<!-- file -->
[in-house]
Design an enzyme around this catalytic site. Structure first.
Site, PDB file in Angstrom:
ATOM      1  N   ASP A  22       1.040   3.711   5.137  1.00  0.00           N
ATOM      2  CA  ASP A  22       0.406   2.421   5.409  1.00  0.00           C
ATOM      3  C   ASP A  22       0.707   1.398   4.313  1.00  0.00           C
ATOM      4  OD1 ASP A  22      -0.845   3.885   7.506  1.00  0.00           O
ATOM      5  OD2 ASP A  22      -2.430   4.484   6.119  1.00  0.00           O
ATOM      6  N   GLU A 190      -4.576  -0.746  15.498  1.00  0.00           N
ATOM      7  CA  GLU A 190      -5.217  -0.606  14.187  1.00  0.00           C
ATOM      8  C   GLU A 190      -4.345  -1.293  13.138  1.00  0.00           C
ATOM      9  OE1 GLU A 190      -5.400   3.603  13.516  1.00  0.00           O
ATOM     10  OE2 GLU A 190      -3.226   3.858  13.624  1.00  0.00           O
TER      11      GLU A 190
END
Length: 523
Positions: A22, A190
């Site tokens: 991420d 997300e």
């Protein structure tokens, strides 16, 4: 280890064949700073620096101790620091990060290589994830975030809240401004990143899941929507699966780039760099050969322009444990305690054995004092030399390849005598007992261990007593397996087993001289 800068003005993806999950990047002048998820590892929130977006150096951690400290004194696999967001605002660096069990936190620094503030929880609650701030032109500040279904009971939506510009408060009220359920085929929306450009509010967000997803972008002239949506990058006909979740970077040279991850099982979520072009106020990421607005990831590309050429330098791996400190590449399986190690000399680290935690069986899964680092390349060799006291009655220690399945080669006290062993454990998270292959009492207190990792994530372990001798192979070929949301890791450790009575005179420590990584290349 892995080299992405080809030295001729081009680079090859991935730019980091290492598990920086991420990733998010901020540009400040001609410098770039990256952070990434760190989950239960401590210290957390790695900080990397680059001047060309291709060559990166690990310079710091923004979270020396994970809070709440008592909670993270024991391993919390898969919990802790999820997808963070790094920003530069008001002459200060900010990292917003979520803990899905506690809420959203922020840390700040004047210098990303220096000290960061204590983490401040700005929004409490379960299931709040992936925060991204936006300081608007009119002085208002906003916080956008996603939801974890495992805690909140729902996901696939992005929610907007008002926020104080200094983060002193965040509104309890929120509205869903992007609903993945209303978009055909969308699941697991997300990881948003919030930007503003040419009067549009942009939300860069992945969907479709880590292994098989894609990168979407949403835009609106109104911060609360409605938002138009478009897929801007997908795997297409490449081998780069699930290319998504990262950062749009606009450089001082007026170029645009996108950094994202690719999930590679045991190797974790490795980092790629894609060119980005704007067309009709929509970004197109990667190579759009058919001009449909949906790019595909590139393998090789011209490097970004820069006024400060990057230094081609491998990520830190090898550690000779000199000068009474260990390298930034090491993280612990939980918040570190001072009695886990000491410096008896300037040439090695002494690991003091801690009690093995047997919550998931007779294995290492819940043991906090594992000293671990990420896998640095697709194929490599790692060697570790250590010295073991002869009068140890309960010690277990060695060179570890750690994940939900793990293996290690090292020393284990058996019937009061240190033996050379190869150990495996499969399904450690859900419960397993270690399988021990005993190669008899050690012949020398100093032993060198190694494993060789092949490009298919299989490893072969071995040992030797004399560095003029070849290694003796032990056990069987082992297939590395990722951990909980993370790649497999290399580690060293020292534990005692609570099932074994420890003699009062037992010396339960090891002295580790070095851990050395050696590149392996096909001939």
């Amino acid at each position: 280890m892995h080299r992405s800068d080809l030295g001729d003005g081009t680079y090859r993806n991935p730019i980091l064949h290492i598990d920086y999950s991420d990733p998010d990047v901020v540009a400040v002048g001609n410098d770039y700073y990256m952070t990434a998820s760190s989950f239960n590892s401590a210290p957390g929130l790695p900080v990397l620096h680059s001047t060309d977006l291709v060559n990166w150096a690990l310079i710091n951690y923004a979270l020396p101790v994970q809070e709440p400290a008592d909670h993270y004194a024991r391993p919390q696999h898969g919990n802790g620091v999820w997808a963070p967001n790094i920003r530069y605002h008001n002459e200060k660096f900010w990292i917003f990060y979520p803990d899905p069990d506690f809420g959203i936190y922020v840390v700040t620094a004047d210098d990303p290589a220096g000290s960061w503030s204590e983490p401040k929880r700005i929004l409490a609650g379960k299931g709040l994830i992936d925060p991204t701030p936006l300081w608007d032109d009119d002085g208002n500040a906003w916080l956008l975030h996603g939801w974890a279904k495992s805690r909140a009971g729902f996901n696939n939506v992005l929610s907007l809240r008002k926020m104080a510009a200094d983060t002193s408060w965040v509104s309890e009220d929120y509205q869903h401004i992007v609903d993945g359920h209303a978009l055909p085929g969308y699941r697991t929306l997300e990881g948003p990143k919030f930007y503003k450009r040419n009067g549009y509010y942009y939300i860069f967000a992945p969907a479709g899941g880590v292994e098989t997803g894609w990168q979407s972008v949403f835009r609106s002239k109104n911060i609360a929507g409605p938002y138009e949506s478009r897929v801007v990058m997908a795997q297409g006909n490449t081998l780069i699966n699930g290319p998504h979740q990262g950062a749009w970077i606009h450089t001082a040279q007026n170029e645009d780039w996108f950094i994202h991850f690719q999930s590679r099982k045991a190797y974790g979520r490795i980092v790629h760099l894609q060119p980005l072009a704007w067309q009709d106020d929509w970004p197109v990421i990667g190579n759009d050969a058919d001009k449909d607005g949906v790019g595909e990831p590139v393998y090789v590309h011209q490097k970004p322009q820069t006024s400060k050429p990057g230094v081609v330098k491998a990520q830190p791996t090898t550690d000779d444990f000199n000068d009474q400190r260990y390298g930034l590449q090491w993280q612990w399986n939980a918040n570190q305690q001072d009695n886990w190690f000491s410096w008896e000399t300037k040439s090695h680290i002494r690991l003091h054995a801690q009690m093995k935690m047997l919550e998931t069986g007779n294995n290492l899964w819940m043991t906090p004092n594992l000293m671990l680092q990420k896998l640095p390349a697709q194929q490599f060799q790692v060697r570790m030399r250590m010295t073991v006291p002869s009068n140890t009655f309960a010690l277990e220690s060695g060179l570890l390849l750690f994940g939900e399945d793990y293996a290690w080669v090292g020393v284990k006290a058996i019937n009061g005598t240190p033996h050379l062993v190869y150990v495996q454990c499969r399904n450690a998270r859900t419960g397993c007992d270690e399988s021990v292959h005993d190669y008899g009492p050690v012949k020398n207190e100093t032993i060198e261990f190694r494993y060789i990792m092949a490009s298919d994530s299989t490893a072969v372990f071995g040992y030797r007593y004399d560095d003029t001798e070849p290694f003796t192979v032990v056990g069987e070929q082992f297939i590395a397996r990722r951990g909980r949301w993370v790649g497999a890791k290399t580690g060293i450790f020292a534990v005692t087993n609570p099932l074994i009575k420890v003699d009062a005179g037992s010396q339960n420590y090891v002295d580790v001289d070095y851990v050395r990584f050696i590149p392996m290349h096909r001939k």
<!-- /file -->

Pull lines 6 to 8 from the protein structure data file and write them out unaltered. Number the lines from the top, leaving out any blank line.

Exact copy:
ATOM      3  C   ASP A  22       0.707   1.398   4.313  1.00  0.00           C
ATOM      4  OD1 ASP A  22      -0.845   3.885   7.506  1.00  0.00           O
ATOM      5  OD2 ASP A  22      -2.430   4.484   6.119  1.00  0.00           O